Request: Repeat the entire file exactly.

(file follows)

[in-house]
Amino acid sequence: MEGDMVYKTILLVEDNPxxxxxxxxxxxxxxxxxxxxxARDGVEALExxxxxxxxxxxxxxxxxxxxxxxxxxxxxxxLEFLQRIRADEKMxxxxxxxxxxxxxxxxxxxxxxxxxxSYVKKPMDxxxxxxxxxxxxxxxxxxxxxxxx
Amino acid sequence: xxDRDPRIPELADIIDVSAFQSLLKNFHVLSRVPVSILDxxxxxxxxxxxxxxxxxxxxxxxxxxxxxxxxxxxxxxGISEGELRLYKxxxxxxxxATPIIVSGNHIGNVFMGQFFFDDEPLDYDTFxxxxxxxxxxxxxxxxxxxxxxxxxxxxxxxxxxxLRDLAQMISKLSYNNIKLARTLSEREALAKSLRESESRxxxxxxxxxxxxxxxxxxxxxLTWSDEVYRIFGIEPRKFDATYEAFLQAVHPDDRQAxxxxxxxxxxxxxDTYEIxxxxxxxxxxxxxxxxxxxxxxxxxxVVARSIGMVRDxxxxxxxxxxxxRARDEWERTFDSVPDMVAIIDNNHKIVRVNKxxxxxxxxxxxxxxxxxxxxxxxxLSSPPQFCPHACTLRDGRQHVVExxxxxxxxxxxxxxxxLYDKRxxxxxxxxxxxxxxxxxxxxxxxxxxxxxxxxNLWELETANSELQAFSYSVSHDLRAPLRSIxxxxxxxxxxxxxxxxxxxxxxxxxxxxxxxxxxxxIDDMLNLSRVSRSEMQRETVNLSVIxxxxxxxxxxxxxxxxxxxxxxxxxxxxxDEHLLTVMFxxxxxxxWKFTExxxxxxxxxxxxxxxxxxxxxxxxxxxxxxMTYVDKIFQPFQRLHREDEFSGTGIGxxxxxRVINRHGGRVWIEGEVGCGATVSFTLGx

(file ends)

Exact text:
[in-house]
Amino acid sequence: MEGDMVYKTILLVEDNPxxxxxxxxxxxxxxxxxxxxxARDGVEALExxxxxxxxxxxxxxxxxxxxxxxxxxxxxxxLEFLQRIRADEKMxxxxxxxxxxxxxxxxxxxxxxxxxxSYVKKPMDxxxxxxxxxxxxxxxxxxxxxxxx
Amino acid sequence: xxDRDPRIPELADIIDVSAFQSLLKNFHVLSRVPVSILDxxxxxxxxxxxxxxxxxxxxxxxxxxxxxxxxxxxxxxGISEGELRLYKxxxxxxxxATPIIVSGNHIGNVFMGQFFFDDEPLDYDTFxxxxxxxxxxxxxxxxxxxxxxxxxxxxxxxxxxxLRDLAQMISKLSYNNIKLARTLSEREALAKSLRESESRxxxxxxxxxxxxxxxxxxxxxLTWSDEVYRIFGIEPRKFDATYEAFLQAVHPDDRQAxxxxxxxxxxxxxDTYEIxxxxxxxxxxxxxxxxxxxxxxxxxxVVARSIGMVRDxxxxxxxxxxxxRARDEWERTFDSVPDMVAIIDNNHKIVRVNKxxxxxxxxxxxxxxxxxxxxxxxxLSSPPQFCPHACTLRDGRQHVVExxxxxxxxxxxxxxxxLYDKRxxxxxxxxxxxxxxxxxxxxxxxxxxxxxxxxNLWELETANSELQAFSYSVSHDLRAPLRSIxxxxxxxxxxxxxxxxxxxxxxxxxxxxxxxxxxxxIDDMLNLSRVSRSEMQRETVNLSVIxxxxxxxxxxxxxxxxxxxxxxxxxxxxxDEHLLTVMFxxxxxxxWKFTExxxxxxxxxxxxxxxxxxxxxxxxxxxxxxMTYVDKIFQPFQRLHREDEFSGTGIGxxxxxRVINRHGGRVWIEGEVGCGATVSFTLGx